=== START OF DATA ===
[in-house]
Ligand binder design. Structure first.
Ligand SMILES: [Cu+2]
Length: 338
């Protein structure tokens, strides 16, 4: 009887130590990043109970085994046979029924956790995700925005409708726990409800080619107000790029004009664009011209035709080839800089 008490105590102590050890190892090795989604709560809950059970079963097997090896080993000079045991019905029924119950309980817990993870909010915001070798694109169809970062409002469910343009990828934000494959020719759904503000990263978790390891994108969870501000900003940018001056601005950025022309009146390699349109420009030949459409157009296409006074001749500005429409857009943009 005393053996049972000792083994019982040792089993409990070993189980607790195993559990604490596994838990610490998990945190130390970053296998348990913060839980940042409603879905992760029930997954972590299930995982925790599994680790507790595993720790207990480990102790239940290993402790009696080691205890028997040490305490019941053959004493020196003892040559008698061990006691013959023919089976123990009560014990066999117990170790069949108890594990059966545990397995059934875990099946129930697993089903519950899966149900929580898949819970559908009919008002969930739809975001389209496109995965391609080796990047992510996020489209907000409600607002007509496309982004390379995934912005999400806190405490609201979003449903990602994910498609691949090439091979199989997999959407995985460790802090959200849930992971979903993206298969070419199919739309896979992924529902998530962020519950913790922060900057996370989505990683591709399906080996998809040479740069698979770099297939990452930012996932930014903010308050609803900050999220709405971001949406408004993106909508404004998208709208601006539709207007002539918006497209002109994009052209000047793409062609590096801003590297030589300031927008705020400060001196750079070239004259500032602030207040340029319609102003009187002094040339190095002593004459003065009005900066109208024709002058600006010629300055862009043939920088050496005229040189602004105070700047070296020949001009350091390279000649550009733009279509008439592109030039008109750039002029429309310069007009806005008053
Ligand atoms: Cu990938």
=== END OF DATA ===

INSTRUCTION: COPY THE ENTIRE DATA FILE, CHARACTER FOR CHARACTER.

[in-house]
Ligand binder design. Structure first.
Ligand SMILES: [Cu+2]
Length: 338
């Protein structure tokens, strides 16, 4: 009887130590990043109970085994046979029924956790995700925005409708726990409800080619107000790029004009664009011209035709080839800089 008490105590102590050890190892090795989604709560809950059970079963097997090896080993000079045991019905029924119950309980817990993870909010915001070798694109169809970062409002469910343009990828934000494959020719759904503000990263978790390891994108969870501000900003940018001056601005950025022309009146390699349109420009030949459409157009296409006074001749500005429409857009943009 005393053996049972000792083994019982040792089993409990070993189980607790195993559990604490596994838990610490998990945190130390970053296998348990913060839980940042409603879905992760029930997954972590299930995982925790599994680790507790595993720790207990480990102790239940290993402790009696080691205890028997040490305490019941053959004493020196003892040559008698061990006691013959023919089976123990009560014990066999117990170790069949108890594990059966545990397995059934875990099946129930697993089903519950899966149900929580898949819970559908009919008002969930739809975001389209496109995965391609080796990047992510996020489209907000409600607002007509496309982004390379995934912005999400806190405490609201979003449903990602994910498609691949090439091979199989997999959407995985460790802090959200849930992971979903993206298969070419199919739309896979992924529902998530962020519950913790922060900057996370989505990683591709399906080996998809040479740069698979770099297939990452930012996932930014903010308050609803900050999220709405971001949406408004993106909508404004998208709208601006539709207007002539918006497209002109994009052209000047793409062609590096801003590297030589300031927008705020400060001196750079070239004259500032602030207040340029319609102003009187002094040339190095002593004459003065009005900066109208024709002058600006010629300055862009043939920088050496005229040189602004105070700047070296020949001009350091390279000649550009733009279509008439592109030039008109750039002029429309310069007009806005008053
Ligand atoms: Cu990938």